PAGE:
Another involved architectural painting with compositional focus way off center, some labyrinthine constructivist central elements floating above an intricate, organic underpainting
I feel there is a strong dualistic poetry there, and the intersubjective transference characteristic of our current times and emergence into spring, chaotic world news, urban dynamics, so many powerful social forces of upheaval
Perhaps being immersed in journalism also plays a role, as Arts & Culture Editor for What Weekly, I’ve been meeting a dozen or more new artists and writers each month since last October, assigning, writing and photographing new developments in Baltimore theatre, literature, architecture, visual art and other areas, so coming off of a hiatus from painting after the Aquasphere series, I have a lot to express through these new paintings.
An intimate look at an imaginary aquatic world, fish drifting over the manufactured reef of industrial artifacts, their altered habitat for the foreseeable future, unnatural yet beautiful in its own disconcerting way.
Playing with scale, saturated colors and some street-art inspired techniques, I created this vision of the aquasphere where the fish camouflage themselves to blend in with the accumulation of industrial machinery discarded to meld with the coral reef, it is surrealistic yet plausible in today’s world.
Within a brightly-colored school of ten fish, my eye will naturally travel throughout the painting and ultimately I will identify, subconsciously or otherwise, one particular creature that stands out and is in turn symbolic of some aspect of my psychology or personality. Shadows on the cave wall, kill or be killed, hunt and gather, swim towards the light.
This painting is a good example of things coming together, the underlying piece emerged in my studio last fall as the finale of a lengthy series of about fifty studies on paper, and the combination of composition, color palette and mood express the beauty and irony inherent in this series.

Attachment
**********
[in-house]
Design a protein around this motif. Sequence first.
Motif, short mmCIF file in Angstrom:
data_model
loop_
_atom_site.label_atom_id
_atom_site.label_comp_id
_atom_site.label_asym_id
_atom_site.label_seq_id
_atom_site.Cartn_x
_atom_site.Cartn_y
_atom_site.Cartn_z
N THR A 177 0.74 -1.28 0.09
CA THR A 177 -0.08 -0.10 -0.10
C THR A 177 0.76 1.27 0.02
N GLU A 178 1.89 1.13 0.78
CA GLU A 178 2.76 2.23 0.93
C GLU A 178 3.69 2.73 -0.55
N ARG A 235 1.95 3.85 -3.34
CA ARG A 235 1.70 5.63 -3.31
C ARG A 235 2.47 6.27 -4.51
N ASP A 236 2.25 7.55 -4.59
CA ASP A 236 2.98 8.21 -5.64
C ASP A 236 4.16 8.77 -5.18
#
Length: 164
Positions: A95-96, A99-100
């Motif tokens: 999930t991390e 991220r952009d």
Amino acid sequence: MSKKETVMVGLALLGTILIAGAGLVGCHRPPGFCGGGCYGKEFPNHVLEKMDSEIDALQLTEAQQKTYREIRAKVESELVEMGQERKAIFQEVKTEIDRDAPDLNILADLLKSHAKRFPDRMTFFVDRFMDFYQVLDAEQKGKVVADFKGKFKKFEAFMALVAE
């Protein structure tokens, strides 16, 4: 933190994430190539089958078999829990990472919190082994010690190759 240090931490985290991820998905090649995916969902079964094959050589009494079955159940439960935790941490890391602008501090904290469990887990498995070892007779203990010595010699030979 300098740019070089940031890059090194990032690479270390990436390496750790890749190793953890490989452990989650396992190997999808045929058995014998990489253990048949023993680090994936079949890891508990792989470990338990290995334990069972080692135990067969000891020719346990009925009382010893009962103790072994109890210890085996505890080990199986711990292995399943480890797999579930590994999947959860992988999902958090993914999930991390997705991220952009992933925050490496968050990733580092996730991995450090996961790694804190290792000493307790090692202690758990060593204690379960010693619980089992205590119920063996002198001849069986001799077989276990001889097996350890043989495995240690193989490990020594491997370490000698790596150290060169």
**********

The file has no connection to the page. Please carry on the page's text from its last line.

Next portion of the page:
Meaning that the conditions of the undersea habitat create an environment that is both beautiful and haunting, hospitable and deadly, and the emotions of the fish swimming in the ocean are the same emotions we humans feel in our own tumultuous wild world of consensus reality.
By applying another handful of painted cut-outs on top of the main composition I have made it more crowded and multi-layered, while also using some flatter colors against the more complex underlying paint work to create shadow play that paradoxically rests on top of the layer underneath.
This to me is where the psychological implications are brought to light, I feel that my own preoccupations with what’s going on in society are naturally shared by many people, and the idea of social justice rests upon a framework of relationships, in a crowded world we need to push for our collective goals or we risk getting caught up in the swirling vortex of broader currents we cannot control, in other words activism is essential yet we must also go with the flow.
So this is the type of painting that upon completion inspires me to want to do another dozen or a hundred more because I feel like I am on to something, to any viewer it might be a useful statement or a nice piece of decorative art or a profound psychological commentary, but to me it is a piece of the puzzle and reminds me that I am on the right track, applying my time in the studio to the exploration of important questions and occasionally being rewarded by something that looks like a valuable answer.